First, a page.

Getting CT Scan next week to see what can be done with the collapsing ankle joint.

I found a highly regarded specialist and paid for his opinion even though he i snot in my insurance network. I figured he would help me understand my situation (8 month “healed” pilon fracture) as well as it can be understood. The person I saw is Dr. Roger Mann and he said though the joint has lost its space due to cartilage degradation, there may be an opportunity to clean up some bony growth and get me some results.
If not, I am looking at an ankle fusion. He feels I am too young and active for an ankle replacement. Apparently the ankle replacements have a polyurethane bearing surface that will not last long enough for m and I’d ned future surgeries to maintain it. He also said a fusion is a good straightforward fix that will allow me to be pretty active.

I would be very thankful at this point to have a strong-yet-imobile joint instead of what I have now. (Tibia crashing into talus and 0 dorsiflexion.

7 Months Post Op and 3 Months of “Walking”, An Update

Well… my surgeon walked in the room after I got out of x-ray and didn’t look very excited to see me. Her first words were “you’ve lost the joint space, the cartilage is gone. With pilon fractures, there can be total cartilage death after 6 months. This is very typical.” She went on to say that the impact of the initial injury (the talus bone ramming upward and shattering the plafond of the tibia, ripping the cartilage to pieces in the process) leads to cartilage death many months after. In some cases (those luckier than me) the cartilage survives enough t allow pain-free walking and much normal use of the ankle.

I almost cried. While I knew that the likelihood of pilon fracture-related cartilage loss and joint collapse was very high, I was very hopeful that I was going to be one of the luckier patients and get a few years of fun in before I had to deal with arthritis, more surgery, etc.

I tried to convince her that I had some good results from PT, and massage, but she ignored me and said it was time I find a ankle specialist who was skilled in post-pilon fracture treatments, and explore my options. She said my lack of dorsiflexion was from the bone at the front of the tibia hitting the talus, and that wasn’t going to stop happening through more physical therapy. She said ankle fusion or ankle replacement were her assumptions of my next procedure but that it wold not be her that did the surgery (Dr Herzog is a orthopedic trauma surgeon and the person who fixed me up when I came into the ER on March 6th.) (She is also very awesome)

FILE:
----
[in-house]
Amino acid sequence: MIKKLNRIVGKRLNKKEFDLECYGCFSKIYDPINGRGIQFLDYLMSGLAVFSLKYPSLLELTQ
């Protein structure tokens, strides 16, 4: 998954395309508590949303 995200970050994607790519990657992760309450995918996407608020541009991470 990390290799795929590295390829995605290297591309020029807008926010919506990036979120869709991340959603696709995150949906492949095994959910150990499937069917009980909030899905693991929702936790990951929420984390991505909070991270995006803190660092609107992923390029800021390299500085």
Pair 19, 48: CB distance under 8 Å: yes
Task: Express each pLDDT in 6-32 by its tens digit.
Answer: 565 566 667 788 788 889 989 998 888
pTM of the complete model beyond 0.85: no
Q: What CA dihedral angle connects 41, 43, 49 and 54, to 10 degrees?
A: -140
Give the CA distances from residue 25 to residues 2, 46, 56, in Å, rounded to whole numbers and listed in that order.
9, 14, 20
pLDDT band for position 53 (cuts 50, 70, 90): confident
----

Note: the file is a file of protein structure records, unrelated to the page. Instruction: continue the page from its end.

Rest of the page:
So with this horrible news on my mind I drove home contemplating more surgery and no good thoughts. I have been studying up on ankle fusion and replacement, assuming that was where I’d eventually end up, and the downsides of those solutions had me very sad indeed. While they fix the pain of walking, they are by no means the return to normalcy. I still remember the first time I learned what a pilon fracture really was…and that it spelled the end of running, and in many cases, walking for those of us unfortunate enough to receive this injury.

I see the surgeons this week and I am seeking more specialists to talk to before I take the plunge into more surgery.  I am hopeful that I find some good news.

Not to be a total downer, here is a story about things I CAN DO while hobbling around on this ankle..” target=”_blank”>Click here for a glimpse of the possibilities for those of us with a bad ankle.

My Pilon fracture can't stop the bike riding

My Pilon fracture can’t stop the bike riding. My ankle feels pretty good with a brace and tape. Glad for what I can do.  

Sunsets are just as pretty post pilon fracture

Sunsets are just as pretty post pilon fracture, In fact…I’m glad to be alive